Asteroid 2012 TC4 to pass ‘damn close’ to Earth tomorrow and give rare chance to test planet’s space defences  

11 Oct

On Thursday 12 October an asteroid the size of a house will be watched carefully by astrophysicists as it hurtles “damn close” to Earth.

The large space rock, named 2012 TC4, was first spotted five years ago by the Pan-STARRS telescope at the Haleakala Observatory, in Hawaii, before disappearing as it orbits the sun. It then reemerged in July on a trajectory well inside our lunar orbit.

Scientists have said the asteroid is on course to pass safely by, just south of Australia, and poses no threat.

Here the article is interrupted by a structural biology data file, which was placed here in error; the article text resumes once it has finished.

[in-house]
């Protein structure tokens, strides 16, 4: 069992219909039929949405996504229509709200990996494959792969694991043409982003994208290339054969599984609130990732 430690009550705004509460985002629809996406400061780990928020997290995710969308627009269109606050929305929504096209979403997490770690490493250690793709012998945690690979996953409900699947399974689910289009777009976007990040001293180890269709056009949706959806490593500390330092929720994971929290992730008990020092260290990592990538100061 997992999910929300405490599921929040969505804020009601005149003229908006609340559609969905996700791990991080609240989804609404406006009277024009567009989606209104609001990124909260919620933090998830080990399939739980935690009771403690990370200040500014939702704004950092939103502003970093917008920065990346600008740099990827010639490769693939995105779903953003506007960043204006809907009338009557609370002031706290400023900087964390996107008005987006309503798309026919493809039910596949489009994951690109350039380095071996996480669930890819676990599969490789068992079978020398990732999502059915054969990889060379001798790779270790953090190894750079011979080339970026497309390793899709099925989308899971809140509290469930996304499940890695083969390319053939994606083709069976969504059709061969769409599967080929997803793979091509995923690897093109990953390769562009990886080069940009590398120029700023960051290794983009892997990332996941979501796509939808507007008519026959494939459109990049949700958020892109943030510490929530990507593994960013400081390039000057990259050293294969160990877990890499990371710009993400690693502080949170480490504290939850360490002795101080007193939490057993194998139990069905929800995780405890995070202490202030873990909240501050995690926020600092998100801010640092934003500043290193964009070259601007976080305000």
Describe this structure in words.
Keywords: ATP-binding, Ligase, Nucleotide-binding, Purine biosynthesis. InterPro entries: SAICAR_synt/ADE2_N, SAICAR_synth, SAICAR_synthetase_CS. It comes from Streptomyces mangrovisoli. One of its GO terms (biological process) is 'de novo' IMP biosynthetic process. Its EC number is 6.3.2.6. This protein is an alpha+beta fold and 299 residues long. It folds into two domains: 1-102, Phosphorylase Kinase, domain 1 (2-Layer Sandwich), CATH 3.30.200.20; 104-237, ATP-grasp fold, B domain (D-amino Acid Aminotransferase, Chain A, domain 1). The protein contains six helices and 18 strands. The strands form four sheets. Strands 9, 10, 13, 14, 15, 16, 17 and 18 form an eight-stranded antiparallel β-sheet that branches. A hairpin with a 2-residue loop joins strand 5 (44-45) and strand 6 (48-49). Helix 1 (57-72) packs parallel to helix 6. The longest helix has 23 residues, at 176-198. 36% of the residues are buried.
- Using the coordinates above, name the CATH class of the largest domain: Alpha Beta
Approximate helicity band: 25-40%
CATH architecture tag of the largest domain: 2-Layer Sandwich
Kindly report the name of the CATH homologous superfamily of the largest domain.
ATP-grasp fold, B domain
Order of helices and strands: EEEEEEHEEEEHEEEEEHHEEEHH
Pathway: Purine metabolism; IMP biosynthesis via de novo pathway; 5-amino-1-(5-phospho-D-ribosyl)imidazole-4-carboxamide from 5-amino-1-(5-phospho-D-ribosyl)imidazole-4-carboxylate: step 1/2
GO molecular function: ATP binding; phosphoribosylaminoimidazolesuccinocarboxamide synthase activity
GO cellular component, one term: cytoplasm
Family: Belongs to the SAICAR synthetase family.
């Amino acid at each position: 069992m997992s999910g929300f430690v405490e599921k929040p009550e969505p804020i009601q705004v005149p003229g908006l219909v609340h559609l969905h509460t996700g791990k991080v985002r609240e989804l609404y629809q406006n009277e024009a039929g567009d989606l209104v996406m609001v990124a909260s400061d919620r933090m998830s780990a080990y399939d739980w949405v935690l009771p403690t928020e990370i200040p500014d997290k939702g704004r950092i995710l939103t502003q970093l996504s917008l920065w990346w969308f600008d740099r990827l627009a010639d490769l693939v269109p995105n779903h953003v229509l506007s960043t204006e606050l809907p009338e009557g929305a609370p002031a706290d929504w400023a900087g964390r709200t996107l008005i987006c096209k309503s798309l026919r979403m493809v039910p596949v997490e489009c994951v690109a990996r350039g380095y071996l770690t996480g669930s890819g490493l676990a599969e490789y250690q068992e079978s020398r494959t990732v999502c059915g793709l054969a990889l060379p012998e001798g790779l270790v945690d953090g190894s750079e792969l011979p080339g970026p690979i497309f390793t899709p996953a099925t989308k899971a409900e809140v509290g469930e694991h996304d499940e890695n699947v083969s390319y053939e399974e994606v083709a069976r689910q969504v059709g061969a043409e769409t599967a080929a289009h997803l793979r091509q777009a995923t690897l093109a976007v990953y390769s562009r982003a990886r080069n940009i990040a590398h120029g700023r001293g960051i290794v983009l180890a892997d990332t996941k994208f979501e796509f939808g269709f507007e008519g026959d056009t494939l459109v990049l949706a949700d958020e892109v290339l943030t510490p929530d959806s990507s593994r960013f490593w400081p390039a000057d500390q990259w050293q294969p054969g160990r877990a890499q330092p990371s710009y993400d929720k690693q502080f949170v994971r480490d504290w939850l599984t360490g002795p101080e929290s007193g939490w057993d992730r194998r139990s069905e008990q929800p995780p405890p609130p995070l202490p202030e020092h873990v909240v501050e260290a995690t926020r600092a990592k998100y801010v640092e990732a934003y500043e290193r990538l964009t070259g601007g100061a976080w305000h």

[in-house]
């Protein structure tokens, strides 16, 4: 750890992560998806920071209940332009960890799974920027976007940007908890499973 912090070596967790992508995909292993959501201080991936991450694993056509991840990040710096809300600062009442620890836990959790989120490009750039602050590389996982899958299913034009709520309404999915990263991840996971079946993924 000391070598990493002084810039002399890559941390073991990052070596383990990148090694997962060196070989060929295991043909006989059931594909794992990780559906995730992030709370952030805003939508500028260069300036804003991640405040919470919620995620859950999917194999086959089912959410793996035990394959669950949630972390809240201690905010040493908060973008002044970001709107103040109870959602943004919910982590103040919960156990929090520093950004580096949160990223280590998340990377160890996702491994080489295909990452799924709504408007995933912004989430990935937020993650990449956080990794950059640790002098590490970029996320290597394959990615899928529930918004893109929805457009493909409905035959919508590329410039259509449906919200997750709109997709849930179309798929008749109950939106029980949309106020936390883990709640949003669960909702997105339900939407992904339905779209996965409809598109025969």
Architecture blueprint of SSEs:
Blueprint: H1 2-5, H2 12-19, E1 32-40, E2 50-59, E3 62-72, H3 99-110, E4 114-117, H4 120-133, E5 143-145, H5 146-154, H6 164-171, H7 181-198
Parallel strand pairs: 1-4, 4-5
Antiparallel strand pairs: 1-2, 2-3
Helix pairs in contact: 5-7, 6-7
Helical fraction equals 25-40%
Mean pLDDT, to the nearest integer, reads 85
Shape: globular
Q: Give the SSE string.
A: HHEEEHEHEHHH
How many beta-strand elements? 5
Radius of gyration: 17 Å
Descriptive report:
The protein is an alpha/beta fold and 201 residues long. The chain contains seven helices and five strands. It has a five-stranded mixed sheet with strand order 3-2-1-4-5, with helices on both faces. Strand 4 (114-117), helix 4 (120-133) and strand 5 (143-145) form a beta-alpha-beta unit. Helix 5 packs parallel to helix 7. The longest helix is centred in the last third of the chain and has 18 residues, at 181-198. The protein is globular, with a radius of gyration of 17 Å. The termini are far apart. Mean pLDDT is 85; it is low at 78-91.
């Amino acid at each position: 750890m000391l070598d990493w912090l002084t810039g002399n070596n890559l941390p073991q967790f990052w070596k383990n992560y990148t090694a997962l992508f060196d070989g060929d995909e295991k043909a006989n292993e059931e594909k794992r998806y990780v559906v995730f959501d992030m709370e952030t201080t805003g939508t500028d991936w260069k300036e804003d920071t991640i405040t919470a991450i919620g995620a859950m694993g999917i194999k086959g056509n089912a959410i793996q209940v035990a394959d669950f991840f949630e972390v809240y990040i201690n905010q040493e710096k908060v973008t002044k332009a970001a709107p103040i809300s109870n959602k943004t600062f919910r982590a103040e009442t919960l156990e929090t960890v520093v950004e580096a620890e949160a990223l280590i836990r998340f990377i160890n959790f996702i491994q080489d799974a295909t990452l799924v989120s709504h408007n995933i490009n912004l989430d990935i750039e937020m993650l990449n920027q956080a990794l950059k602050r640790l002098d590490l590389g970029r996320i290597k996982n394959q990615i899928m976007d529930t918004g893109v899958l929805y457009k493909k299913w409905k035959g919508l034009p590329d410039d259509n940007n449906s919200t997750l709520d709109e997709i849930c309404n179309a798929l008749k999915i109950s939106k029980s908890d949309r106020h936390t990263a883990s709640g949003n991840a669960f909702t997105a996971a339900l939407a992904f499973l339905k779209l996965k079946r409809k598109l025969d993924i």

However it presents space agencies with a rare opportunity to test the planet’s space defences and wargame what they would do if a larger, more threatening asteroid was detected heading straight for Earth.

How close will TC4 come to Earth?

TC4 is between 50 to 100ft in diameter and travelling through space at roughly 16,000 mph – 4.5 miles a second. It is predicted to start to pass Earth from around 7am GMT on Thursday and will be about 27,000 miles from our atmosphere.

This may sound like a long way away, yet it’s a short distance in planetary terms and around one eighth of the distance between the Earth and the Moon.  It is also just above the distance our satellites orbit.

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